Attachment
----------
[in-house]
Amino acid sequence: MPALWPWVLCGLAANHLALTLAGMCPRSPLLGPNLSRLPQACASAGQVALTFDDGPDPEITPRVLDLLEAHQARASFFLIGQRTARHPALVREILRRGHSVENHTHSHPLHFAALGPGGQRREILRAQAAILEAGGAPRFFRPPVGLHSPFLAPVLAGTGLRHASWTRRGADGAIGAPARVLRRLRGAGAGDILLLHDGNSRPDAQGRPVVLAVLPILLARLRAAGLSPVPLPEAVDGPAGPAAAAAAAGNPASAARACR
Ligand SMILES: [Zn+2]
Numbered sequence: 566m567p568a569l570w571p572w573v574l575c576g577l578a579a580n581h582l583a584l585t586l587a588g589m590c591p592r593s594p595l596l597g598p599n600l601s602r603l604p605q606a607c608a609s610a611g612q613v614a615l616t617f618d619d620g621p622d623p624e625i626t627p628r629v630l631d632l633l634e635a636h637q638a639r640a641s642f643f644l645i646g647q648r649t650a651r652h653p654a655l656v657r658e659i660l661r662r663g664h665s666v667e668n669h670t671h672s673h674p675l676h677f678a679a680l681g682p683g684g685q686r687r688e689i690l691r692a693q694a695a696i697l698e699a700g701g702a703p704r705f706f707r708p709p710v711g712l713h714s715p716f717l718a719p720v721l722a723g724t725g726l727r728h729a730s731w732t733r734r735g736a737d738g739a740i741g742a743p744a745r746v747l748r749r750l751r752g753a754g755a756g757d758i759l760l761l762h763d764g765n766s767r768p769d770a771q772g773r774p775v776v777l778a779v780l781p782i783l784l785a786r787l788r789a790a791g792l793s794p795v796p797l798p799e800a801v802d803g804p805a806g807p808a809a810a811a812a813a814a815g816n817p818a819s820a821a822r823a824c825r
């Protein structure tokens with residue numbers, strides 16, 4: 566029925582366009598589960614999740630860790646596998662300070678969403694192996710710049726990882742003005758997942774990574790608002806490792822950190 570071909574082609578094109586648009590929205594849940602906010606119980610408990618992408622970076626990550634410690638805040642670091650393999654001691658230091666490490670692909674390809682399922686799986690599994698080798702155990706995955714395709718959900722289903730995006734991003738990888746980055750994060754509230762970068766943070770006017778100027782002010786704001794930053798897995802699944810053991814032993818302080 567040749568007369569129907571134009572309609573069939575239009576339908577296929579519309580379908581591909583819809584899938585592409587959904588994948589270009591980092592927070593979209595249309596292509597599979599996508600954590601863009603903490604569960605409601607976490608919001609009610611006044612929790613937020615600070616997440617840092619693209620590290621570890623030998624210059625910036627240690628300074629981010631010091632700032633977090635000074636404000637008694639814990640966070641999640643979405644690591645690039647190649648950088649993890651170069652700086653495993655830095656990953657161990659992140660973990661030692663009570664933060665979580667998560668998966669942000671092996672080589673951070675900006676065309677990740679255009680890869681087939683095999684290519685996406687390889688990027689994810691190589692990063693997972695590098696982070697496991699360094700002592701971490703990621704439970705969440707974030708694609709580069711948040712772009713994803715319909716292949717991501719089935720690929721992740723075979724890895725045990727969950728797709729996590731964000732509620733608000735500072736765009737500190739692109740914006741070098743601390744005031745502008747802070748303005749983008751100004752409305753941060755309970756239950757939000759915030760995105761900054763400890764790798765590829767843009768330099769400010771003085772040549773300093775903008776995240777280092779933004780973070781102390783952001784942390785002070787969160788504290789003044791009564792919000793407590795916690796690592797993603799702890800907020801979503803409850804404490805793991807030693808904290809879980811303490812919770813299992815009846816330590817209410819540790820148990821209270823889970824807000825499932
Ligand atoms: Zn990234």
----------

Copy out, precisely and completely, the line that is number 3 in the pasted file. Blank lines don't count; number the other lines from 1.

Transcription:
Ligand SMILES: [Zn+2]